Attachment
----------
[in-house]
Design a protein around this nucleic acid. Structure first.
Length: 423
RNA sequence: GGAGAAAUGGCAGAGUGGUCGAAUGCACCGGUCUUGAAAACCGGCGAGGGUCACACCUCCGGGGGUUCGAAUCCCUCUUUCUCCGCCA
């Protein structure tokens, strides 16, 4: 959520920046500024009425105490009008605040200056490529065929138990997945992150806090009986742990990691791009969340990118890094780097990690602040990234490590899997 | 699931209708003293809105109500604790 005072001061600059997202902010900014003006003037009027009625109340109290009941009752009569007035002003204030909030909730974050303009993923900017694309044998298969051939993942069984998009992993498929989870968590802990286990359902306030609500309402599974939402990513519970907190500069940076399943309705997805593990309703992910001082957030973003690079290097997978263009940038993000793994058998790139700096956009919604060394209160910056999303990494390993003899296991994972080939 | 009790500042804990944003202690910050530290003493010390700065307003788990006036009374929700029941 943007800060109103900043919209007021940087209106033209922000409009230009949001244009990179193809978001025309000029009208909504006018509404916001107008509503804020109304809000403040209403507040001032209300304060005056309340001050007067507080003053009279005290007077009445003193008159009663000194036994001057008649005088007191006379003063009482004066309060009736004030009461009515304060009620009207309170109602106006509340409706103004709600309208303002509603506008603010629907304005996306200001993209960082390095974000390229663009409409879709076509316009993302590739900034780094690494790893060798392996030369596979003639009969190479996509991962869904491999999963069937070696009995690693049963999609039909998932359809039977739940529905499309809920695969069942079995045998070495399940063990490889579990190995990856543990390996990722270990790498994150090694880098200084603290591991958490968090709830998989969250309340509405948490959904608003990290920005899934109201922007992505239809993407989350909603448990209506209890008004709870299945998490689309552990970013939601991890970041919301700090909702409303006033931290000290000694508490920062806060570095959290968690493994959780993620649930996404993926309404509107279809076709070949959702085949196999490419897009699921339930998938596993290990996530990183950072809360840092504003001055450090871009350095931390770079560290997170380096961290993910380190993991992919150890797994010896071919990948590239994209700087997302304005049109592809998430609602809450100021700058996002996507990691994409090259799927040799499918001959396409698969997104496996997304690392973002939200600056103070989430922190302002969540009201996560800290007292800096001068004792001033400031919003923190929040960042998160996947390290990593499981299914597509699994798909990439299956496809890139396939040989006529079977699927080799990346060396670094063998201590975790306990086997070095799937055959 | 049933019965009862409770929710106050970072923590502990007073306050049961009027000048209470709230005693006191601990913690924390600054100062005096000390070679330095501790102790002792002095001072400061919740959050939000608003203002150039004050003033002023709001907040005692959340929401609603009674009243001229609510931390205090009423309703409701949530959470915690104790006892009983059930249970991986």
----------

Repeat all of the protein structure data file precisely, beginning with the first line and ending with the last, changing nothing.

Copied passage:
[in-house]
Design a protein around this nucleic acid. Structure first.
Length: 423
RNA sequence: GGAGAAAUGGCAGAGUGGUCGAAUGCACCGGUCUUGAAAACCGGCGAGGGUCACACCUCCGGGGGUUCGAAUCCCUCUUUCUCCGCCA
């Protein structure tokens, strides 16, 4: 959520920046500024009425105490009008605040200056490529065929138990997945992150806090009986742990990691791009969340990118890094780097990690602040990234490590899997 | 699931209708003293809105109500604790 005072001061600059997202902010900014003006003037009027009625109340109290009941009752009569007035002003204030909030909730974050303009993923900017694309044998298969051939993942069984998009992993498929989870968590802990286990359902306030609500309402599974939402990513519970907190500069940076399943309705997805593990309703992910001082957030973003690079290097997978263009940038993000793994058998790139700096956009919604060394209160910056999303990494390993003899296991994972080939 | 009790500042804990944003202690910050530290003493010390700065307003788990006036009374929700029941 943007800060109103900043919209007021940087209106033209922000409009230009949001244009990179193809978001025309000029009208909504006018509404916001107008509503804020109304809000403040209403507040001032209300304060005056309340001050007067507080003053009279005290007077009445003193008159009663000194036994001057008649005088007191006379003063009482004066309060009736004030009461009515304060009620009207309170109602106006509340409706103004709600309208303002509603506008603010629907304005996306200001993209960082390095974000390229663009409409879709076509316009993302590739900034780094690494790893060798392996030369596979003639009969190479996509991962869904491999999963069937070696009995690693049963999609039909998932359809039977739940529905499309809920695969069942079995045998070495399940063990490889579990190995990856543990390996990722270990790498994150090694880098200084603290591991958490968090709830998989969250309340509405948490959904608003990290920005899934109201922007992505239809993407989350909603448990209506209890008004709870299945998490689309552990970013939601991890970041919301700090909702409303006033931290000290000694508490920062806060570095959290968690493994959780993620649930996404993926309404509107279809076709070949959702085949196999490419897009699921339930998938596993290990996530990183950072809360840092504003001055450090871009350095931390770079560290997170380096961290993910380190993991992919150890797994010896071919990948590239994209700087997302304005049109592809998430609602809450100021700058996002996507990691994409090259799927040799499918001959396409698969997104496996997304690392973002939200600056103070989430922190302002969540009201996560800290007292800096001068004792001033400031919003923190929040960042998160996947390290990593499981299914597509699994798909990439299956496809890139396939040989006529079977699927080799990346060396670094063998201590975790306990086997070095799937055959 | 049933019965009862409770929710106050970072923590502990007073306050049961009027000048209470709230005693006191601990913690924390600054100062005096000390070679330095501790102790002792002095001072400061919740959050939000608003203002150039004050003033002023709001907040005692959340929401609603009674009243001229609510931390205090009423309703409701949530959470915690104790006892009983059930249970991986």